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NBA Free Agency 2018: Aaron Gordon would be fun in Dallas, but would he be worth a max contract?

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On the other hand — Aaron Gordon + Dennis Smith Jr. = DUNKS. All of them.

NBA: Toronto Raptors at Orlando Magic Reinhold Matay-USA TODAY Sports

Whether the Dallas Mavericks draft a wing or a big man in the NBA Draft, which is now less than two weeks away, Orlando Magic forward, Aaron Gordon could potentially be a solid fit in Dallas either way. Being that Gordon will be a restricted free agent, the Magic will have the ability to match any offer sheet he signs with another team. Although the consensus opinion around the league is that Orlando will match anything to keep Gordon, the Mavs have the ability to create a max offer for him, if they wish, which would put the Magic in a tougher situation.

It has yet to be seen if Gordon is even a part of the Mavs’ offseason plans or not, but there have already been rumors that Dallas has interest in the springy forward. All answers will start being answered when free agency begins on July 1st. In the meantime, let’s take a closer look at Gordon as a Mavs’ prospect.


Aaron Gordon was the 4th overall pick in the 2014 NBA Draft, and he finished off his rookie contract averaging a career-high 17.6 points, 7.9 rebounds and 2.3 assists in nearly 33 minutes per game. The 6’9” forward has consistently increased his production every season since being drafted and could be due for a major breakout year next season, especially if he’s put in a better situation. Turning 23 years old in September, Gordon still has a lot of room to expand his game, and he fits right in with the Mavs’ current rebuilding plans. Here’s what to like about Gordon.


I’m not a scout by any means, and I’d be lying to you if I told you that I’ve watched a lot of Magic games over the years, but it doesn’t take an expert to realize that one of Gordon’s biggest strengths is finishing at the rim, whether it’s in a one-on-one situation or polishing off an alley-oop.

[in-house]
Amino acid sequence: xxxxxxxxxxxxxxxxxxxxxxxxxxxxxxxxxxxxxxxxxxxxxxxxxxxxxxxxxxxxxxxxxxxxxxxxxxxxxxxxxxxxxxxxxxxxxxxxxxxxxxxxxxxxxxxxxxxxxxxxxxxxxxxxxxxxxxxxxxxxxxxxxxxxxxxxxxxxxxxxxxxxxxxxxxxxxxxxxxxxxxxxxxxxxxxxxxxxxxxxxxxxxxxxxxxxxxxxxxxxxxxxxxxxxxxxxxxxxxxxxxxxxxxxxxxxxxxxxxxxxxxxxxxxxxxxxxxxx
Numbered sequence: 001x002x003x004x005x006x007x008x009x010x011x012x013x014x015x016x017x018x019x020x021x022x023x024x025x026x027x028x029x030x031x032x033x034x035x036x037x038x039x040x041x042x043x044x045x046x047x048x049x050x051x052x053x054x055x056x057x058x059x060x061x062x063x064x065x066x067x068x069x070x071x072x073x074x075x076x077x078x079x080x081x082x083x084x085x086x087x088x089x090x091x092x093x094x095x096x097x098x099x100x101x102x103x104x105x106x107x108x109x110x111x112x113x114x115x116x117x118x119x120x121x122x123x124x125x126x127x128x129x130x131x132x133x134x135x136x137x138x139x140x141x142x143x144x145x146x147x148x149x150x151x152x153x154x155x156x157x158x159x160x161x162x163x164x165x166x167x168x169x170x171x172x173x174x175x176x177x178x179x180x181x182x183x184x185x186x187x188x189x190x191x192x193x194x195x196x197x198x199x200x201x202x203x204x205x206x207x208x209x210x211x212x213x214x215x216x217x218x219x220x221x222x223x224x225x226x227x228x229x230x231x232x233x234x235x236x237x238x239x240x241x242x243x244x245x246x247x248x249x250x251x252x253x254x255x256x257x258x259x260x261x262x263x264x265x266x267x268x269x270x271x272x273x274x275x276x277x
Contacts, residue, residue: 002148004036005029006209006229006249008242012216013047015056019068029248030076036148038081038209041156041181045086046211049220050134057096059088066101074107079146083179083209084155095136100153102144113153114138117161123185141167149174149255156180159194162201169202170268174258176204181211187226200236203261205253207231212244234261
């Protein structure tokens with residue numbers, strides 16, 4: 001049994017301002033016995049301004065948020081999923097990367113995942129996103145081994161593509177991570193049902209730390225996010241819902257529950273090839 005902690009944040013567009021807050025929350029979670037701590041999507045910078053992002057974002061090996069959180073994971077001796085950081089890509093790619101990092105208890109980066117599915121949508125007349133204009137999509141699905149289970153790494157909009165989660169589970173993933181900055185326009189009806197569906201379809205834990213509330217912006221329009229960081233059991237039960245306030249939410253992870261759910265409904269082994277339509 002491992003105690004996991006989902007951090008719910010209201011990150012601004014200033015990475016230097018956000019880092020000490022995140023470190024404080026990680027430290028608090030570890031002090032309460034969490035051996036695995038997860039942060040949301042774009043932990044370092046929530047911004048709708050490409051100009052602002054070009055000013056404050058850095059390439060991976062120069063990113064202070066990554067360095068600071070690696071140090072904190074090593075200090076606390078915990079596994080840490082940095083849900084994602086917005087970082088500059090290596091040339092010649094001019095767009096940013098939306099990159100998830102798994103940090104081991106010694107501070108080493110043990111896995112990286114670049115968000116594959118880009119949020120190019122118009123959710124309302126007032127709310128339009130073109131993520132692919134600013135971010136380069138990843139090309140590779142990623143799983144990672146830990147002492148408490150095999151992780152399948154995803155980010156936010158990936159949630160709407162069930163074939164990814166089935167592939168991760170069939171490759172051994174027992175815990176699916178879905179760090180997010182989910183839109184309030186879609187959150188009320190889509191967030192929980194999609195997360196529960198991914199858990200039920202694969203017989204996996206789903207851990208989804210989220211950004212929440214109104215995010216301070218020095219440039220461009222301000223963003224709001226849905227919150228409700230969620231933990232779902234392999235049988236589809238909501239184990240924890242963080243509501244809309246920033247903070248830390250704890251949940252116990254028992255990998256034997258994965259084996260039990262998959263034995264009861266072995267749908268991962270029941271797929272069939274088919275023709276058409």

I have no more analysis for you on that particular aspect of Gordon’s game. All I can do now is imagine the many exciting connections that would happen between Gordon and Dennis Smith Jr. next season.

Another area I really like is how Gordon has good enough handles to take the ball up the floor and create his own scoring opportunities by himself, if needed.

The NBA is creeping towards being a position-less league, and bigs that can handle the ball, run the floor and create their own shots are extremely valuable. Gordon is far from a finished product here, but he still has a lot of room to grow.


Efficiency seems to be the biggest concern for Gordon, as he only shot 43-percent from the field, 34-percent from the three-point line and 70-percent from the free throw line. If there’s a silver lining here, it’s that Gordon’s three-point percentage was a career-high this season, which is even more impressive when you consider that his three-point attempts were also a career-high at 5.9 per game (for context, his previous high was 3.3 3PA). Those numbers aren't where you’d want them to be, but again, Gordon still has a lot of potential to tap into. If he continues to trend in the same direction, he’ll eventually become a star, in my opinion.

I suppose another weakness in Gordon’s is his lack of playmaking. Notice that I didn't say “playmaking ability.” That’s because he’s absolutely capable of dishing out assists like these.

With all due respect to the Magic, I really believe Gordon would be able to unlock this part of his game more with the Mavericks. I know, I know — the Mavs ended last season with more losses than the Magic, but even so, Dallas was a lot more fun to watch. That has a lot to do with Rick Carlisle’s offensive system, and I can see Gordon thriving in it, while being surrounded by Smith Jr., Harrison Barnes and Dirk Nowitzki.

Fit with the Mavericks

Gordon’s fit with the Mavs is tough to project. On one hand, the Mavs need all the young talent they can possibly get right now. On the other hand, how much better is Gordon than Dwight Powell, for the money? I think it’s a fair question to ask, given that Powell averaged 11.3 points and 7.5 rebounds as a starter (24 games) in 26 minutes per game last season, while shooting 61-percent from the field and 43-percent from the three-point line.

Don’t get me wrong, I’m not saying Powell is better than Gordon. Gordon is four years younger than Powell and still has far more upside. I just wonder if paying Gordon a max contract would really be worth it for Dallas, given that they have bigger needs (wings and a center) right now. Regardless, Gordon will be a free agent to keep an eye on, come July 1st. It’ll be interesting to see where the Mavs place Gordon on their priority list.